Federal Court Rules in Rastafarian Case
In an opinion issued Tuesday by the
U.S. Court of Appeals for the Ninth Circuit, some marijuana-using
Rastafarians may be protected under a religious-freedom law passed by
Congress in 1993.
began in 1991 when Benny Guerrero, returning from a trip to Hawaii, was
stopped by officials at Guam's international airport. Mr. Guerrero
evidently attracted the eyes of authority because he was carrying a book
about Rastafarianism and marijuana. A search of Guerrero's luggage turned
up five ounces of marijuana and some Cannabis seeds. He was arrested and
charged with importation of a controlled
In his defense, Guerrero argued that he was
a practicing Rastafarian and that his use of marijuana was
religious. His importation of the herb was, he argued, protected
under the Religious
Freedom Restoration Act, a law that blocks the federal government from
unjustifiably infringing on a person's practice of religion.
After litigating the case for more than ten
years, the Ninth Circuit ruled on Tuesday that while the Religious Freedom
Restoration Act might protect some Rastafarians who possess or smoke
marijuana as part of their religious practices, it does not protect
the importation of marijuana, even if that marijuana was intended
for religious use. According to the Ninth Circuit, while the practice of
Rastafarianism sanctions the smoking of marijuana, nowhere does the
religion sanction the importation of marijuana.
As Guerrero's lawyer Graham Boyd pointed
out in an interview with the San Francisco Chronicle, the court's ruling
was "equivalent to saying wine is a necessary sacrament for some
Christians but you have to grow your own grapes."
The ruling also
has much in common with the current situation facing people, such as AIDS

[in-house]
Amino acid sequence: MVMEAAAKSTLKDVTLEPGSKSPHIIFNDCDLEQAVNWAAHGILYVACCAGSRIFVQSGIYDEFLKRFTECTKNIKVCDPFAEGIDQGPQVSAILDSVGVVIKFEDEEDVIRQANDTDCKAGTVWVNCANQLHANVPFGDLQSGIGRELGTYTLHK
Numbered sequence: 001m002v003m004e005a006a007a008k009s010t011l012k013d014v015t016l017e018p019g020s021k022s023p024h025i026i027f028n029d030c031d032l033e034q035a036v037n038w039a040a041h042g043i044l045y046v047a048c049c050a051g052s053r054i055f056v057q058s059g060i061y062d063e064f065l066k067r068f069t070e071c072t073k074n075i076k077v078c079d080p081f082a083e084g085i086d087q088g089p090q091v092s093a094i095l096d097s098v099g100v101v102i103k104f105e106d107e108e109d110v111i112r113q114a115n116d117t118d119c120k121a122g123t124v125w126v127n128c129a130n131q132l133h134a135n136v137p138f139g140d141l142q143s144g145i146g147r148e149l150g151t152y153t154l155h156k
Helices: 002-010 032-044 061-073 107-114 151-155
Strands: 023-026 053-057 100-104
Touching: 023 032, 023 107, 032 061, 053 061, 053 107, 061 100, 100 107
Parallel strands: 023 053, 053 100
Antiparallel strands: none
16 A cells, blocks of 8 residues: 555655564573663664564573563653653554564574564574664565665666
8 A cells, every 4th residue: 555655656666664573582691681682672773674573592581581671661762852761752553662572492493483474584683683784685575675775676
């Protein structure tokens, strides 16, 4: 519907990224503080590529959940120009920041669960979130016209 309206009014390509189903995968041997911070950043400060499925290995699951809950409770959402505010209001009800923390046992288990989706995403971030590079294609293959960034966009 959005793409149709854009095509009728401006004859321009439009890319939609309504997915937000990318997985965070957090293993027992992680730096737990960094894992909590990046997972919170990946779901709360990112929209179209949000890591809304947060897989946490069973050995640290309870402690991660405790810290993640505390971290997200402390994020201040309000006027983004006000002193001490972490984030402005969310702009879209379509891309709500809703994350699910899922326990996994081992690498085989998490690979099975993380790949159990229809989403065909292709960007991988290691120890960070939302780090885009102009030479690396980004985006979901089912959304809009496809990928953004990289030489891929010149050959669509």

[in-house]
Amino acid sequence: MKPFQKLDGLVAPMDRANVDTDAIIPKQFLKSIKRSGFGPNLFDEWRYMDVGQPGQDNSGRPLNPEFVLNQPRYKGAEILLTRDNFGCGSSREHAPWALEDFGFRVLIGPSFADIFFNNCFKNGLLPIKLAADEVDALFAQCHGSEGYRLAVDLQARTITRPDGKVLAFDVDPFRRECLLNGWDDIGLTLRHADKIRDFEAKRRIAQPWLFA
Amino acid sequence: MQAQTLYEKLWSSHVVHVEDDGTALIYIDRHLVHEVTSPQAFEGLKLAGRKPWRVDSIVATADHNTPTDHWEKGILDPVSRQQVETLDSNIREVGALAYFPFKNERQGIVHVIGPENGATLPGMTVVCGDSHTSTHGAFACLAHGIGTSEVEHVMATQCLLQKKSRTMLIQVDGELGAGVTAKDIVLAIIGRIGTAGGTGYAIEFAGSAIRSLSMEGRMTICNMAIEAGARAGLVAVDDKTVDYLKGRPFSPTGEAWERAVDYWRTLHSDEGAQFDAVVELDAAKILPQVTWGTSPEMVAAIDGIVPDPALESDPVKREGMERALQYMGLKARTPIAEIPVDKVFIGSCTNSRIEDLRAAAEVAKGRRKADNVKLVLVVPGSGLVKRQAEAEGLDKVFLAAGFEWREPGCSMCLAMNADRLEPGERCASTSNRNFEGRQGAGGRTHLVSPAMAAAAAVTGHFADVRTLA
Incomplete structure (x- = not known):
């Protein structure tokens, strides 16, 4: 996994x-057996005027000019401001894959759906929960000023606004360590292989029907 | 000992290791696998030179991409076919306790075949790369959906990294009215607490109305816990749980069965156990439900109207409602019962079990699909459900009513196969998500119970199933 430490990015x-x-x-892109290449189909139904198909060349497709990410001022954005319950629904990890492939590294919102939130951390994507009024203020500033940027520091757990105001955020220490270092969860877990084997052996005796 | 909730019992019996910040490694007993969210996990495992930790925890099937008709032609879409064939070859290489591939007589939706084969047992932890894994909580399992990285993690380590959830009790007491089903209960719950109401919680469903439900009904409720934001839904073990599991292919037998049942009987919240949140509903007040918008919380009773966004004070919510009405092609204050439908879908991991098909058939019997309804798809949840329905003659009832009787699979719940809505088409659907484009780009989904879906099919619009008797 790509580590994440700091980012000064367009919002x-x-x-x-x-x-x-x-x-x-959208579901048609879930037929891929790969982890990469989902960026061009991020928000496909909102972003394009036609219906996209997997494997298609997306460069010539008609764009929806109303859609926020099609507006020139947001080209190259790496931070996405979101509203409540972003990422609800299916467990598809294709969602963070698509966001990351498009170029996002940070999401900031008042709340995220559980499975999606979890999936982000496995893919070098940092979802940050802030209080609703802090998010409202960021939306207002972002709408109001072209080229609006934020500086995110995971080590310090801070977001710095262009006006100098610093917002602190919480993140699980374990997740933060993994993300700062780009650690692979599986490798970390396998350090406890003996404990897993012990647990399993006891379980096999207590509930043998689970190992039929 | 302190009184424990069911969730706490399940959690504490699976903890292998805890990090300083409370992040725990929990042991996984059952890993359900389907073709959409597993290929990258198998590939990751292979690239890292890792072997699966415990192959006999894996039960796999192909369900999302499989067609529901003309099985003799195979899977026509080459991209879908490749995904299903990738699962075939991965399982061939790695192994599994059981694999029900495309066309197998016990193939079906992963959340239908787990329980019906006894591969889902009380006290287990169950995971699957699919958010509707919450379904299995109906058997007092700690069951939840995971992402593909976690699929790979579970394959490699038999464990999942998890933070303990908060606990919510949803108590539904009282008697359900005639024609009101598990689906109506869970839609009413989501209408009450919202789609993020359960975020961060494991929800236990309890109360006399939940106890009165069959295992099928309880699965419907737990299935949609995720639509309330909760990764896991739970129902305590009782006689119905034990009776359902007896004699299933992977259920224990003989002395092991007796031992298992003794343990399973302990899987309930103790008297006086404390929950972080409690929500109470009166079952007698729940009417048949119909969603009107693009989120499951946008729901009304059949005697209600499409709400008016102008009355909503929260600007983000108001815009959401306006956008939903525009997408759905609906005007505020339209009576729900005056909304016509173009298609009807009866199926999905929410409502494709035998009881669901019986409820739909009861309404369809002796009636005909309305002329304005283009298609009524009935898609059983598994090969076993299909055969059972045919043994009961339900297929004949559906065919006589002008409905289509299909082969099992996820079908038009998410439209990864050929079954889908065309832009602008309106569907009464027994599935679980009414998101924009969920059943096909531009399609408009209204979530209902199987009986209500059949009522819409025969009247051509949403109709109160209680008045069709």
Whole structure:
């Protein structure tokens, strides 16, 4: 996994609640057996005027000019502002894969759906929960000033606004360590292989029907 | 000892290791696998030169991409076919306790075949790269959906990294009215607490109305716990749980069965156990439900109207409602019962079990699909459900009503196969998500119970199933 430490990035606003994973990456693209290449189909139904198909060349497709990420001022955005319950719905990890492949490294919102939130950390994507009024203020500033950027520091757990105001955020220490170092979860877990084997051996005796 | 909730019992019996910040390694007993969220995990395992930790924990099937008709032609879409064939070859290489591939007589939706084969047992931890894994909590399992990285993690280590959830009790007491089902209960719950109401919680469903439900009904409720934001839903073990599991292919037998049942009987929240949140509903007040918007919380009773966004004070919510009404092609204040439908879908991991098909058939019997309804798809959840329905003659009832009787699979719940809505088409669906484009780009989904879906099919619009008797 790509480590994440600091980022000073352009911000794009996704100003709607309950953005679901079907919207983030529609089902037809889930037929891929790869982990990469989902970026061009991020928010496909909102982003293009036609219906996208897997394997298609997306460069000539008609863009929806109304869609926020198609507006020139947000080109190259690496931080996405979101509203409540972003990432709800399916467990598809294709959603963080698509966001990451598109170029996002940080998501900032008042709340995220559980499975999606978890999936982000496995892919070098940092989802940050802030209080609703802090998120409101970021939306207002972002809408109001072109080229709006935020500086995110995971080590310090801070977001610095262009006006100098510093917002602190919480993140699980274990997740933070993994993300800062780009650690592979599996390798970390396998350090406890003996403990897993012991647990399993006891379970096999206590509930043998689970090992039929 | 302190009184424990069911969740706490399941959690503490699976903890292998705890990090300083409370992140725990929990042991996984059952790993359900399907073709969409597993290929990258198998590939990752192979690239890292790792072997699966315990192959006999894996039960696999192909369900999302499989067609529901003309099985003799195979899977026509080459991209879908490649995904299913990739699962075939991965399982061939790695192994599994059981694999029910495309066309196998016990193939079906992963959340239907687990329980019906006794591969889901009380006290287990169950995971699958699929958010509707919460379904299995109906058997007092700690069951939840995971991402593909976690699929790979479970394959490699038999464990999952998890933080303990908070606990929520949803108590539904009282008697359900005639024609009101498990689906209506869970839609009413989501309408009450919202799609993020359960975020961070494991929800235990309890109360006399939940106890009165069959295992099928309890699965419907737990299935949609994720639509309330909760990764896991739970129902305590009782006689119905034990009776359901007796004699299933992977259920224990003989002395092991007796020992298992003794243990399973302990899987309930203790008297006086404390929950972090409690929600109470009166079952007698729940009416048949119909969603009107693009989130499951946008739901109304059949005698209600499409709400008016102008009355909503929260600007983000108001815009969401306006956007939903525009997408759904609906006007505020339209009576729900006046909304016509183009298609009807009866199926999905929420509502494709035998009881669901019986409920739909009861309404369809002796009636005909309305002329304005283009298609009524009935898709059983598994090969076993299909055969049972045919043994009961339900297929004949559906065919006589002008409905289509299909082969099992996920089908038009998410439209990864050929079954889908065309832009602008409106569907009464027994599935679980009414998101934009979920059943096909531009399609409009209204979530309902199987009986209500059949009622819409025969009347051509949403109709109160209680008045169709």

and Crohn's Disease patients, who find that marijuana alleviates some of
their pain and provides other medical benefits such as increasing their
appetite. Although eight states now permit citizens to use marijuana for
medicinal purposes with the approval of their doctor, the federal
government has loudly stated its intention to criminally prosecute anyone
who dares to supply a sick person with medical marijuana. Thus, people
whose health is already compromised are forced to shovel dirt and labor
over a Cannabis garden, or make friends with a marijuana dealer.
According to the latest Household Survey on
Drug Abuse, over 16 million Americans used an illegal drug in the last 30
days. The overwhelming majority of these people, just like the
overwhelming majority of people who use legal drugs, did so responsibly
and without problems. Some of those people may find that their use of an
illegal drug occasioned a religious experience, and others may find that
use of an illegal drug provided pain relief that they have been unable to
achieve by any other means. To the extent that the vast majority of these
16 million Americans used an illegal drug without causing harm to others,
our criminal justice system ought to leave them alone and instead focus on
protecting us from dangerous criminals.
Instead, the government has just requested
over 19 billion dollars of tax-payer money to fight yet another year of
the "war on drugs" and it's not about to let religion, medicine,
or basic human rights, for that matter, stand in its way.
Lost in the haze of its zero-tolerance
prohibition policy, and drunk on its hyperbolic rhetoric about how
marijuana leads you through the Devil's gateway, the government continues
to flex its weary muscles in an antiquated effort to save as many souls
from damnation as possible.
Enough is Enough.
Richard Glen Boire is legal counsel
for the Center for Cognitive Liberty &
Circuit's Opinion in Guam v. Guerrero
ACLU's legal briefs and press releases in Guam v. Guerrero
Religious Freedom Restoration Act
Drug Policy Pages
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